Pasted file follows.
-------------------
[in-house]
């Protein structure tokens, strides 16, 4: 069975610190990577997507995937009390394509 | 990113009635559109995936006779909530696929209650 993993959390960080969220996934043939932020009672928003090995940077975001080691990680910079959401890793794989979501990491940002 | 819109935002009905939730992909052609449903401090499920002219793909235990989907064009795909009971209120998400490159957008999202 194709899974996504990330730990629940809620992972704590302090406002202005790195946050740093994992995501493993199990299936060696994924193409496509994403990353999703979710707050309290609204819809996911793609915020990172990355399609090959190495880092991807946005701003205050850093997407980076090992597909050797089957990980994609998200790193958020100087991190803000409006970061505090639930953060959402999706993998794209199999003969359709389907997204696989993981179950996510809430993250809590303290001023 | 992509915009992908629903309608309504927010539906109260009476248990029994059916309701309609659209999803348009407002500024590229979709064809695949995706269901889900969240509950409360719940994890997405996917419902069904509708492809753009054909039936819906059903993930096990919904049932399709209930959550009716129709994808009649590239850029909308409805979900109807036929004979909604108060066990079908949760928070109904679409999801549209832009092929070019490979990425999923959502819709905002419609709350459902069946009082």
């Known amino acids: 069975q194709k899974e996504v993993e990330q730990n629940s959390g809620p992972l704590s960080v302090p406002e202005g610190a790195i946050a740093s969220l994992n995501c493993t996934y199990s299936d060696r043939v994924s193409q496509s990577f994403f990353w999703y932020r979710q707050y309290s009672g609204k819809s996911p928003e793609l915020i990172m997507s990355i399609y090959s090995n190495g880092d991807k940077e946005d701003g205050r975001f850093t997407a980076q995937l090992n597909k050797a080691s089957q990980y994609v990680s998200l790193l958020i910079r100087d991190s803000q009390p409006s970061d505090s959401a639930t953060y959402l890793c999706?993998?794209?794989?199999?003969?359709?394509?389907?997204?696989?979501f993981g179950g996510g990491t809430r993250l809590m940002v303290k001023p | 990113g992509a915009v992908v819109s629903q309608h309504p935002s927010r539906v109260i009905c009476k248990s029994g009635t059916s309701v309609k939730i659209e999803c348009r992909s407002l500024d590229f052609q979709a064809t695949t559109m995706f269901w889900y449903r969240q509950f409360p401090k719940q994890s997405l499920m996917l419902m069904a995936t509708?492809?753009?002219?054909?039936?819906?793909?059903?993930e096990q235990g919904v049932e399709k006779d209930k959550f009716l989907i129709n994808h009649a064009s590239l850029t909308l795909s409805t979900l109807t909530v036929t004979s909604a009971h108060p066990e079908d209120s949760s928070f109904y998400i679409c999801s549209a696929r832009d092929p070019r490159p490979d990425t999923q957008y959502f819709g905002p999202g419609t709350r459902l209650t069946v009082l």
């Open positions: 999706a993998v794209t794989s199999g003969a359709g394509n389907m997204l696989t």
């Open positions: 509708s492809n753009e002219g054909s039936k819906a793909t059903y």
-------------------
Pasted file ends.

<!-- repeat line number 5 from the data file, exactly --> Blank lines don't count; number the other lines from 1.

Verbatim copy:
């Open positions: 509708s492809n753009e002219g054909s039936k819906a793909t059903y």